Thanks to your continued help and support, we have been able to help these special children. However we would like to receive your support in the future too, because we must provide extra food, medical care and clothing, as well as support for the Braille teachers and the special housemother. Please help us make this project a long-lasting one, so that not only these children are assisted, but all those children who are blind and who need help in Kampot can come to our school and build a future. We would like you to know that this is now the only special needs school -centre for blind children in the whole of Kampot Province.

Studying Mohori
Studying Mohori


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Learning how to make puppets
Learning how to make puppets


Looking at the Past


During the period of the Khmer Rouge genocide, it is estimated that perhaps 90% of Cambodian artists died.

If you look at old photographs taken of the Royal ballet and the Royal musician's troupe some years before the Khmer Rouge took power, there are hundreds of people, smiling and hopeful, completely unaware of the future that awaits them. The capital Phnom Penh in the 1960's was not only a hub of traditional music and dance, but also in nearly every Pagoda in the countryside there was a Pin Peat orchestra, the villages had their own Mohori and Plein Ka wedding ensembles and one could be sure that there would be a marvellous shadow puppet troupe in the Province, touring from village to village.

Cambodia was also the epicentre of rock and roll, with the King himself an enthusiastic musicians and composer, fusions of musical influence from abroad thrived in this beautiful country. Famous singers such as Sim Sissamouth sang popular songs. There was an acceptance and harmony between old and new.

First came the overthrow of King Sihanouk by General Lon Nol and the descent into corruption and war with the Khmer Rouge guerillas, who graduallly overtook Cambodia, then the secret bombing of Cambodia under US Presdient Nixon and Seretary of State Kissinger, causing over one million refugees to flood into the capital Phnom Penh. Then from 1975 - 1979 the Khmer Rouge took power and evacuated the capital Phnom Penh forcing the entire population of Cambodia to live in the countryside. Cambodian artists were among the first to be executed. It is said that the singer Sim Sissamouth was forced to dig his own grave. A beautiful ballet dancer who danced a duet with the son of the King was decapitated and the list is so long, that it has never been compiled or completed. Only at the end of the regime, was such a great emptiness and the few survivors began looking for each other and trying to rebuild from scratch a history which had spanned over 1000 years.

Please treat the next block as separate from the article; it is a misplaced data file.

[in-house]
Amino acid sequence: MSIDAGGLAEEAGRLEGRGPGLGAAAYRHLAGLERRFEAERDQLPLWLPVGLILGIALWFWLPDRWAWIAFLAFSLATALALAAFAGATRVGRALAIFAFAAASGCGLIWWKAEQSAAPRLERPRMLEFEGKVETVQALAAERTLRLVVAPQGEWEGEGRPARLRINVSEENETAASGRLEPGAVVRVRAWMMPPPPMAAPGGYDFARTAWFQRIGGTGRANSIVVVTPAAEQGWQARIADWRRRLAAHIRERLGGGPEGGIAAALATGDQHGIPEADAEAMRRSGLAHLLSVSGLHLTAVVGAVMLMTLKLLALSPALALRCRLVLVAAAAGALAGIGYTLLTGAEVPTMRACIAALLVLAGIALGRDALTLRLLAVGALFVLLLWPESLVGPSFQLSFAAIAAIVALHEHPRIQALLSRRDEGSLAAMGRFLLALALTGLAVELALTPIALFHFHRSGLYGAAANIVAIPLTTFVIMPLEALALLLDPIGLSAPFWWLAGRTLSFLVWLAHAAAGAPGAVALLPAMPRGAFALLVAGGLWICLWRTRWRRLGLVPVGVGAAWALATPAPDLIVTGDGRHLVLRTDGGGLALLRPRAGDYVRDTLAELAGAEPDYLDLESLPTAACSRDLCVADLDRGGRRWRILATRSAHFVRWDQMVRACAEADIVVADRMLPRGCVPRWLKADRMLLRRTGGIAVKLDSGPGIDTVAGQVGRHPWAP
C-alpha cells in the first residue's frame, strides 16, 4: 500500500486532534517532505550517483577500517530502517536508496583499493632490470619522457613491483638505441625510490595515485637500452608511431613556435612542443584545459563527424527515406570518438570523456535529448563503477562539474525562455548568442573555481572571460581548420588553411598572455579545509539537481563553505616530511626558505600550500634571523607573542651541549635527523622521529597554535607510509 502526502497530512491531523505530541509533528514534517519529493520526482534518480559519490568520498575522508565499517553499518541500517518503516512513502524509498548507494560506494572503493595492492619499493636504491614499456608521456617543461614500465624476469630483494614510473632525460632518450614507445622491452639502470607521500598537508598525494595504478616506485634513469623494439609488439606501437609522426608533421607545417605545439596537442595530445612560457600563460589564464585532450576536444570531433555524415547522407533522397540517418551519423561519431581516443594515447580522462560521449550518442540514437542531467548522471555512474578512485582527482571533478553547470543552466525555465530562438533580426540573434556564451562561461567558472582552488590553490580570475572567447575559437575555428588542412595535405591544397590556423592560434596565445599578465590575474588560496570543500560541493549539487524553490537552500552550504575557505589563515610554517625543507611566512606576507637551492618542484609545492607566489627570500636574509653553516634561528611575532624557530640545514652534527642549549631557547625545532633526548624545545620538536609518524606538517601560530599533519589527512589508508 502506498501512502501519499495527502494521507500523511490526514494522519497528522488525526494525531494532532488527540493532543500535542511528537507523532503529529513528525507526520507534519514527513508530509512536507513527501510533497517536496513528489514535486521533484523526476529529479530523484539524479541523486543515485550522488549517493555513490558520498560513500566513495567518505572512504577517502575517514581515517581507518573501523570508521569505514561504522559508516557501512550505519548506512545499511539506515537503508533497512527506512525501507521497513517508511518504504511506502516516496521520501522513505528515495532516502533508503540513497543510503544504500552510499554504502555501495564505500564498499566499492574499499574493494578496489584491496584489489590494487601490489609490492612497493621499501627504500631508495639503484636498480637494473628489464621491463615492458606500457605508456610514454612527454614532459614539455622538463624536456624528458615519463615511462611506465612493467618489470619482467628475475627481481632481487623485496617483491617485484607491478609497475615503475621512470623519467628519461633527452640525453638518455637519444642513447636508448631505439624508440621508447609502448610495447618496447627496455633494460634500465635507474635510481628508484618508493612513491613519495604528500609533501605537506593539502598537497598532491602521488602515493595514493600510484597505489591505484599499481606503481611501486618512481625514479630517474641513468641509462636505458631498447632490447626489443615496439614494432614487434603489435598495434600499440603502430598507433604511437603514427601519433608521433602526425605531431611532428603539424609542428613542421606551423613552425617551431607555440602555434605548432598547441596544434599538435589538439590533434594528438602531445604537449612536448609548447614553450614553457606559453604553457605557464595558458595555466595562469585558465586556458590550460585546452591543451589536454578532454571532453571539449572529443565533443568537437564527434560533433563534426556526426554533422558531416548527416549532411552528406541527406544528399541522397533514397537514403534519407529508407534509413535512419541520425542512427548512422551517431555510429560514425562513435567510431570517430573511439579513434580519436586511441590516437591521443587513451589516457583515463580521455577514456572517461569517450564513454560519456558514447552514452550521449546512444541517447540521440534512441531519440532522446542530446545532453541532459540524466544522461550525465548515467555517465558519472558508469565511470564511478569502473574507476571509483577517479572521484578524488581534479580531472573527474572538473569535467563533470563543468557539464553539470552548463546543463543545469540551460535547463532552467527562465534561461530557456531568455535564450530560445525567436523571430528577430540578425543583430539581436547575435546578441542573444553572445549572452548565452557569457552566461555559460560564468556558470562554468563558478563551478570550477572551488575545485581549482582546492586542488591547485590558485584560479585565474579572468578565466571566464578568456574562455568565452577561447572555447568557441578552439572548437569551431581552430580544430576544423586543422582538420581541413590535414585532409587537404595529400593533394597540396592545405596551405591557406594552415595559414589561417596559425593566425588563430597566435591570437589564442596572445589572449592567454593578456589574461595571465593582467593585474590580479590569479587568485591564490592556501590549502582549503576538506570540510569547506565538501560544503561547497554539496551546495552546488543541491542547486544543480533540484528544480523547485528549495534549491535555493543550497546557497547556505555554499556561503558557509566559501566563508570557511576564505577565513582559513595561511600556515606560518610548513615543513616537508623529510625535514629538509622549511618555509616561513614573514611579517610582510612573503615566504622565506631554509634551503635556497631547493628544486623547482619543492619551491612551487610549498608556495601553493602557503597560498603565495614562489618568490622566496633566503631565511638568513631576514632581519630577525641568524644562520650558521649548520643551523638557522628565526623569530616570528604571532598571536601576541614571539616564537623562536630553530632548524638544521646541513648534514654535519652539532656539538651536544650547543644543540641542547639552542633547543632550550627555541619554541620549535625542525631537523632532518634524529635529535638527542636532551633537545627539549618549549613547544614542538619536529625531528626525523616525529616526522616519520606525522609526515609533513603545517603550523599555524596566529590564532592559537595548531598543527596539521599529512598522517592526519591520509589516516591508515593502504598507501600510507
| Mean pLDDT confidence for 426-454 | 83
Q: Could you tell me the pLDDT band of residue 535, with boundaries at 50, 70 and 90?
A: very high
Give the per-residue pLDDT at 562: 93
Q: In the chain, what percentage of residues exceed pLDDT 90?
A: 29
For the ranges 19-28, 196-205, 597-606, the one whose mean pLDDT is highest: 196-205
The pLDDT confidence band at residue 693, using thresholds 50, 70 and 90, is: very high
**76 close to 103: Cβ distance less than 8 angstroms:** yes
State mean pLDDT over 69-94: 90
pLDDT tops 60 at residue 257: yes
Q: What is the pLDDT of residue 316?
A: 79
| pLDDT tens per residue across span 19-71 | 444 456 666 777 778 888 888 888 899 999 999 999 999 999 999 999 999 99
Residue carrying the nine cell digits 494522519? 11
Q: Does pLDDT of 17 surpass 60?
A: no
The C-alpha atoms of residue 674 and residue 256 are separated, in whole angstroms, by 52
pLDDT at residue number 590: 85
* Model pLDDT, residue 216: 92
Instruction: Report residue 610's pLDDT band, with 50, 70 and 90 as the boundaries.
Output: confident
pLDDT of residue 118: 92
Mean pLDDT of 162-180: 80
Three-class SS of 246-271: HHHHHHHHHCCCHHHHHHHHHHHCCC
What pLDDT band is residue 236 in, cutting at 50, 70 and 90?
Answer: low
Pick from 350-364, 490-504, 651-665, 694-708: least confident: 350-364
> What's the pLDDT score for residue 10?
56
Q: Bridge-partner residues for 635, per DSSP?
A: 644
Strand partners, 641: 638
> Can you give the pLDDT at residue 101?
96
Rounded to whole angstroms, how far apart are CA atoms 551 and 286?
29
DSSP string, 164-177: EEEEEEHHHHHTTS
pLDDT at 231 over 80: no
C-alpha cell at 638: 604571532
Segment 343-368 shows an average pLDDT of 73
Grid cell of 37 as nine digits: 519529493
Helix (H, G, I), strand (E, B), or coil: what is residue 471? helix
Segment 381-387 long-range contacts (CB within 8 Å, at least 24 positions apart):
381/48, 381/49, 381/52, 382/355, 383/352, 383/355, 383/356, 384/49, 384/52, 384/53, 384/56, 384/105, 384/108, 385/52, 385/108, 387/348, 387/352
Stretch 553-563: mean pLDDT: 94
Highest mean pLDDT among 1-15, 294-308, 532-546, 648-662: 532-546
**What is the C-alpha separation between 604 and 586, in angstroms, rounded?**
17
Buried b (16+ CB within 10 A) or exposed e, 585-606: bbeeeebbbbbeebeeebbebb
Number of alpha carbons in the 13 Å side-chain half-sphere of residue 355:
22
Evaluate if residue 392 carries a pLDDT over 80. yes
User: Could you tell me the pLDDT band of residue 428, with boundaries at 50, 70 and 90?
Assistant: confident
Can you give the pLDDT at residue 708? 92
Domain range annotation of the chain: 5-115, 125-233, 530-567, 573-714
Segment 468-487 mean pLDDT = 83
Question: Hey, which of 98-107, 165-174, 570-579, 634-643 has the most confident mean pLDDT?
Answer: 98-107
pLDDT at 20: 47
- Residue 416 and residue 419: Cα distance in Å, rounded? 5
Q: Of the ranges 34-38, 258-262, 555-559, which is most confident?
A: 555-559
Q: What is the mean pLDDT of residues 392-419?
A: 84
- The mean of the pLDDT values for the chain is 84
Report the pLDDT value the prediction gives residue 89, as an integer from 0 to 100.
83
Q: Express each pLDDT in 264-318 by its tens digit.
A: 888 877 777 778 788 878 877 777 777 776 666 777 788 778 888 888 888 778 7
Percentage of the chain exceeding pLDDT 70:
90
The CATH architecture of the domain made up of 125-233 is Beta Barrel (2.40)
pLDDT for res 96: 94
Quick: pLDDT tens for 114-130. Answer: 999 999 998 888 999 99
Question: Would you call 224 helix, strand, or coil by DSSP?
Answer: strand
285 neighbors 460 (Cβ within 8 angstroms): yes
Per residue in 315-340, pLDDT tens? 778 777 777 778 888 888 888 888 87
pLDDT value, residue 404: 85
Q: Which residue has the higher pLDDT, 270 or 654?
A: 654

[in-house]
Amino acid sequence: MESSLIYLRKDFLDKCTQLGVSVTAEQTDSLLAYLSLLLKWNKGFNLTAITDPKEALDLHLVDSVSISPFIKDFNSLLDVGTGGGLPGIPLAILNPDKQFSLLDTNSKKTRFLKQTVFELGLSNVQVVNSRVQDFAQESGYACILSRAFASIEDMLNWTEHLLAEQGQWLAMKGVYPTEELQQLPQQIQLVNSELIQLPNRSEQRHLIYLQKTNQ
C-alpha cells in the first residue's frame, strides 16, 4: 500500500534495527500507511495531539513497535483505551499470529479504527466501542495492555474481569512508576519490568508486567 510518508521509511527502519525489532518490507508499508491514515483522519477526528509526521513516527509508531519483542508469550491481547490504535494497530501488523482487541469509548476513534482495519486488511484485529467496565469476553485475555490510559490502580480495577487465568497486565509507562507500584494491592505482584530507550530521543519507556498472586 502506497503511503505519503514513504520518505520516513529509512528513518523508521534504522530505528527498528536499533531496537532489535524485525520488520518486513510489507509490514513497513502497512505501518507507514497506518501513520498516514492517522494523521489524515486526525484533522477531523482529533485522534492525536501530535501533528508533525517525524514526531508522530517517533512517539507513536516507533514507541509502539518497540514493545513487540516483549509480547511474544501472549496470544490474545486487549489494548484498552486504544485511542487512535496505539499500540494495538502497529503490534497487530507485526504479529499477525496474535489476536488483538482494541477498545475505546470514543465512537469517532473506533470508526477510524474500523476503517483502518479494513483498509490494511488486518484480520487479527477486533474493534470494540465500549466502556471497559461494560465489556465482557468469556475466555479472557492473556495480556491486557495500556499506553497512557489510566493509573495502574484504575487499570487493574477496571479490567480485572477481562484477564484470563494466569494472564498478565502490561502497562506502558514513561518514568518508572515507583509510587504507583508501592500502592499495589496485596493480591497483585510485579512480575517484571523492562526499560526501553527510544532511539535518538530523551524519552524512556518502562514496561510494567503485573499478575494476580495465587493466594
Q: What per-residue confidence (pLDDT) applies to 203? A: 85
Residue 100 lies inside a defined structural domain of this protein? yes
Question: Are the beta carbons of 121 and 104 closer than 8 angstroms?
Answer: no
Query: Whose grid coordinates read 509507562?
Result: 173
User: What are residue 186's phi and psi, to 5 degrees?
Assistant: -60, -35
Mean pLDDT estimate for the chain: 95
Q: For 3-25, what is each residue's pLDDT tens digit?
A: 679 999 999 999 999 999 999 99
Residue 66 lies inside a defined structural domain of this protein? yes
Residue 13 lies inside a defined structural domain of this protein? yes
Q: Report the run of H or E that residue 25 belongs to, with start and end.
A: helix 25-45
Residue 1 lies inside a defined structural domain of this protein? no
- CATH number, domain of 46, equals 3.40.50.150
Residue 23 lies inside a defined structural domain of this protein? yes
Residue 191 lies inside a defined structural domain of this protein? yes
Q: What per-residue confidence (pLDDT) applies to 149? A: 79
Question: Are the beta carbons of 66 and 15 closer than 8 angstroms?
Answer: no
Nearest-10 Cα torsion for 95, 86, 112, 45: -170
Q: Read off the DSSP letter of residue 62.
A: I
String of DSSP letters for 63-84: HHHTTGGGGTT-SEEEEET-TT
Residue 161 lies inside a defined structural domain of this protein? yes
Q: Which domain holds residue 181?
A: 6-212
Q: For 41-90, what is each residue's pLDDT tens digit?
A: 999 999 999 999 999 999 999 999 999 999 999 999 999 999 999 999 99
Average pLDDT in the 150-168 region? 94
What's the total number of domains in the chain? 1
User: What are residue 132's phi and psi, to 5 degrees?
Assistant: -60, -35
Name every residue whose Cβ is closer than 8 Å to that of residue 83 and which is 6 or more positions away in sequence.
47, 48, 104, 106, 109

Sabaik Lakoun Toch (Shadow Puppetry)

Today in our school we have several tradiitonal cultural formations, including the tuition of Pin Peat music, Plein Ka and Mohori music, Traditional Cambodian ballet, folk dance, ancient Yike dance and theatre, Trott dance and Chayyam dance. These art forms are taught by skilled Cambodian teachers who come from the National Theatre and Royal University of Fine Arts in Phnom Penh. For a long time we have wanted to add to our teaching curriculum the art of Shadow puppetry.

It is thought that this art dates back at least a thousand years. Shadow puppetry still brings great pleasure and is much loved by Cambodian people, however in the Province of Kampot where our school is based, there are no surviving puppet artists at all and so no puppet troupe exists in the entire Province.

With the assistance of Cambodian Living Arts we have been running a workshop for our students and teachers, as well as local state school students and teachers on the art of making and performing Small Shadow puppets.

The puppet master comes from Sovannah Phum in Phnom Penh and he has been teaching how to cure cow leather, to paint it, cut it, draw puppet characters and ornament them, then make bamboo sticks to move each puppet. Shadow puppets are figures held up by thin sticks which propels the characters along. The performance takes place behind a lighted screen to the accompaniament of voice interpretations and Pin Peat music. Small shadow puppet theatre as opposed to Large puppet theatre (Sabak Lakoun Thom) gives artists the freedom to create themes and mix ancient characters and art forms with modern day social themes. In this way, especially for our school the process becomes highly educative.

Students not only learn handcraft skills in making the puppets, (therebye ensuring a vocational skill for the future and the continuation of this art form,) they also experience freedom of expression, have much fun and give lease to their creativity  in interpreting the voices of the characters. The creation of a theme which reflects current society, also offers teachers and students an opportunity to examine themselves and their surroundings, identifying areas which they feel need special attention, which can be AIDS prevention, the promotion of education for girls, the importance of education for all as a brighter future and so on.